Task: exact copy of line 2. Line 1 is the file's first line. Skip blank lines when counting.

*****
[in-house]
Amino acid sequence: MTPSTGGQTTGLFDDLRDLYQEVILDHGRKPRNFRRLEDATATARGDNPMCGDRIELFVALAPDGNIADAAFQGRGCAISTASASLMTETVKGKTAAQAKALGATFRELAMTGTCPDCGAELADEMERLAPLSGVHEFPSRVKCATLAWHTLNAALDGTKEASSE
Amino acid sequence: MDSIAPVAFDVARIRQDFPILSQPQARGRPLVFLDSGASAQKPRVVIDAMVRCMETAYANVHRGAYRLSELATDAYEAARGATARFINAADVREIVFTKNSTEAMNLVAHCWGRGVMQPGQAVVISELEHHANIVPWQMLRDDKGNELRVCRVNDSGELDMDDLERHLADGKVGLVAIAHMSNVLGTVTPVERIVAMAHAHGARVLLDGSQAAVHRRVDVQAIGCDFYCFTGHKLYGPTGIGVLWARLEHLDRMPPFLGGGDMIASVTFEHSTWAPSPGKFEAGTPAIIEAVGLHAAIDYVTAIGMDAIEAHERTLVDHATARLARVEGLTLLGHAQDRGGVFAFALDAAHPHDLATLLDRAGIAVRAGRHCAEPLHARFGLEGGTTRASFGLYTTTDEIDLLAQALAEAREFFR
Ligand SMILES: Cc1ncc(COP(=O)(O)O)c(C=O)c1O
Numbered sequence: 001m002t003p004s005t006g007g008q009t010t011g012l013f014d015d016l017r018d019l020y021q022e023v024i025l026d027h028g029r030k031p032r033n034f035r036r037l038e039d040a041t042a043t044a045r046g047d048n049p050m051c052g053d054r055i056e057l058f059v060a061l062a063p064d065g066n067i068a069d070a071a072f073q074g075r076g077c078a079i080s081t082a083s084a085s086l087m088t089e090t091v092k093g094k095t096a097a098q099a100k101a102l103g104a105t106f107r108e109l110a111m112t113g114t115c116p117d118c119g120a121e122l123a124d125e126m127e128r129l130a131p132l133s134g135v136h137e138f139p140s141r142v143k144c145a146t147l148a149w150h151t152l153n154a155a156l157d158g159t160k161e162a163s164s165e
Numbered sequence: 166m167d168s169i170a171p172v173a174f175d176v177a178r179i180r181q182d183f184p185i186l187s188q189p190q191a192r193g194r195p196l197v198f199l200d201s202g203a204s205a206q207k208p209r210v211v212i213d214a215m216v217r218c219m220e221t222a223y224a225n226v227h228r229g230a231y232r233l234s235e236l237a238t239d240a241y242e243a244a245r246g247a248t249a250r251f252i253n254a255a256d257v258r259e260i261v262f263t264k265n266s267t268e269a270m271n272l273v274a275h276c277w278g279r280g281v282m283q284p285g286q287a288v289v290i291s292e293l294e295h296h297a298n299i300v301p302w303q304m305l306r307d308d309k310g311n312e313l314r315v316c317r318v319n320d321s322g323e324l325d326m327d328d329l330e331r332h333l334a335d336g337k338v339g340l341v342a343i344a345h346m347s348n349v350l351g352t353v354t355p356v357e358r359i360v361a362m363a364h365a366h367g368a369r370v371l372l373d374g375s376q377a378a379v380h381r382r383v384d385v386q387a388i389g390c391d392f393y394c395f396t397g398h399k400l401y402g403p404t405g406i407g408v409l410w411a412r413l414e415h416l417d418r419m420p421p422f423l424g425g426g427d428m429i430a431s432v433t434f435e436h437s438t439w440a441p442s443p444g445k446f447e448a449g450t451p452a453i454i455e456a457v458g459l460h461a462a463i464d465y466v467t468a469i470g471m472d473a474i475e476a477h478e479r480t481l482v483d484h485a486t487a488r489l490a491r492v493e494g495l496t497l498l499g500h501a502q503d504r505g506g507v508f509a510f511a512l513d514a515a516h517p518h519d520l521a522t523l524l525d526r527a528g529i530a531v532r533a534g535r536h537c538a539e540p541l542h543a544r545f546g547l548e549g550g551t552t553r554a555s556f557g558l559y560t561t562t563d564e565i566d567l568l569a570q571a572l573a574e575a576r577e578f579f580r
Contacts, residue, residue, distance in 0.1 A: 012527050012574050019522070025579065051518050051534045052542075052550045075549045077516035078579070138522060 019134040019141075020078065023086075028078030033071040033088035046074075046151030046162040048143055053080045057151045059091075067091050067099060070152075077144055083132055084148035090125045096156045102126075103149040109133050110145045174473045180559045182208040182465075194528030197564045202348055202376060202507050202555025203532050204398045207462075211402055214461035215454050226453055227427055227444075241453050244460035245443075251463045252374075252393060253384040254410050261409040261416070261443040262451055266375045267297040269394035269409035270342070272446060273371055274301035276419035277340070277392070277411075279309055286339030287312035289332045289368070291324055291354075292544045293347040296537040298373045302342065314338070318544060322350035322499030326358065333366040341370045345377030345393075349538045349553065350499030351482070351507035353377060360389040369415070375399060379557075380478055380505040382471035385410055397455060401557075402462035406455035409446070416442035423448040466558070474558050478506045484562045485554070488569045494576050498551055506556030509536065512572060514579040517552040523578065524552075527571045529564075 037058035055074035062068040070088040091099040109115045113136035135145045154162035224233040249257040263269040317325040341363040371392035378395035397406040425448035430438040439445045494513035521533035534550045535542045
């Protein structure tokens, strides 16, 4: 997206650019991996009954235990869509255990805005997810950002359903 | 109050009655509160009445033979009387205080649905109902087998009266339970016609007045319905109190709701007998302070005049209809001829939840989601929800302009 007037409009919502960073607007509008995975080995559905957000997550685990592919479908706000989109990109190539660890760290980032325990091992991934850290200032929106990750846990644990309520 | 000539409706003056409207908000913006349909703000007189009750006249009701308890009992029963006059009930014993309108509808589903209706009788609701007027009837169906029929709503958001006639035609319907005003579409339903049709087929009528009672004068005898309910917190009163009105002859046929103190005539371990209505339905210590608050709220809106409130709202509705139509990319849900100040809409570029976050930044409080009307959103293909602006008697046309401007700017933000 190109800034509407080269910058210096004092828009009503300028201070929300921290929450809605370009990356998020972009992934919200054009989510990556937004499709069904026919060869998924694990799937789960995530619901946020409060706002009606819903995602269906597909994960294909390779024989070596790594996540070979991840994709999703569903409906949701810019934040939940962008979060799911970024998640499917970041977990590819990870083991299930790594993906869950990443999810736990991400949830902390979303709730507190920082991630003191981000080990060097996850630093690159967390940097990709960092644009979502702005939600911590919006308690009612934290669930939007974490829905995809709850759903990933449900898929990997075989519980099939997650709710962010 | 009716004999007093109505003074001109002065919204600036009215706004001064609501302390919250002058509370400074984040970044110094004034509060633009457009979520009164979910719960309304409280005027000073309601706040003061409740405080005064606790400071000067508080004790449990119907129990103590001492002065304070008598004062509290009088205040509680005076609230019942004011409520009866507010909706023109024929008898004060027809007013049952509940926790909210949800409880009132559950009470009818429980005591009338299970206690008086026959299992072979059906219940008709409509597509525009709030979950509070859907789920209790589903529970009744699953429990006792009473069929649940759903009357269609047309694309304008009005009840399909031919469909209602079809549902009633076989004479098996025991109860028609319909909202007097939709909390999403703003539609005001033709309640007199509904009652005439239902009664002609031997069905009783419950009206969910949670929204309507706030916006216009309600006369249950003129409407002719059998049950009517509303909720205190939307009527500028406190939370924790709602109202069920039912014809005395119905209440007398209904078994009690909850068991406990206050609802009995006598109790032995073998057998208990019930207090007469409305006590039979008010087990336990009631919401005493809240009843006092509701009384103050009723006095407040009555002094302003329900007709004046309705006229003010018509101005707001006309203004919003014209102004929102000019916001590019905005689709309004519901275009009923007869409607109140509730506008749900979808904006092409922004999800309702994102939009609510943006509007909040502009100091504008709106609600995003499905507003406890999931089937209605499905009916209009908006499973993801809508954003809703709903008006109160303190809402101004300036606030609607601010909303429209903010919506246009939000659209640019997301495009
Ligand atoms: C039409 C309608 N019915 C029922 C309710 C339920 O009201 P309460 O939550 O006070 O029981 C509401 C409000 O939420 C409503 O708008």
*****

Amino acid sequence: MTPSTGGQTTGLFDDLRDLYQEVILDHGRKPRNFRRLEDATATARGDNPMCGDRIELFVALAPDGNIADAAFQGRGCAISTASASLMTETVKGKTAAQAKALGATFRELAMTGTCPDCGAELADEMERLAPLSGVHEFPSRVKCATLAWHTLNAALDGTKEASSE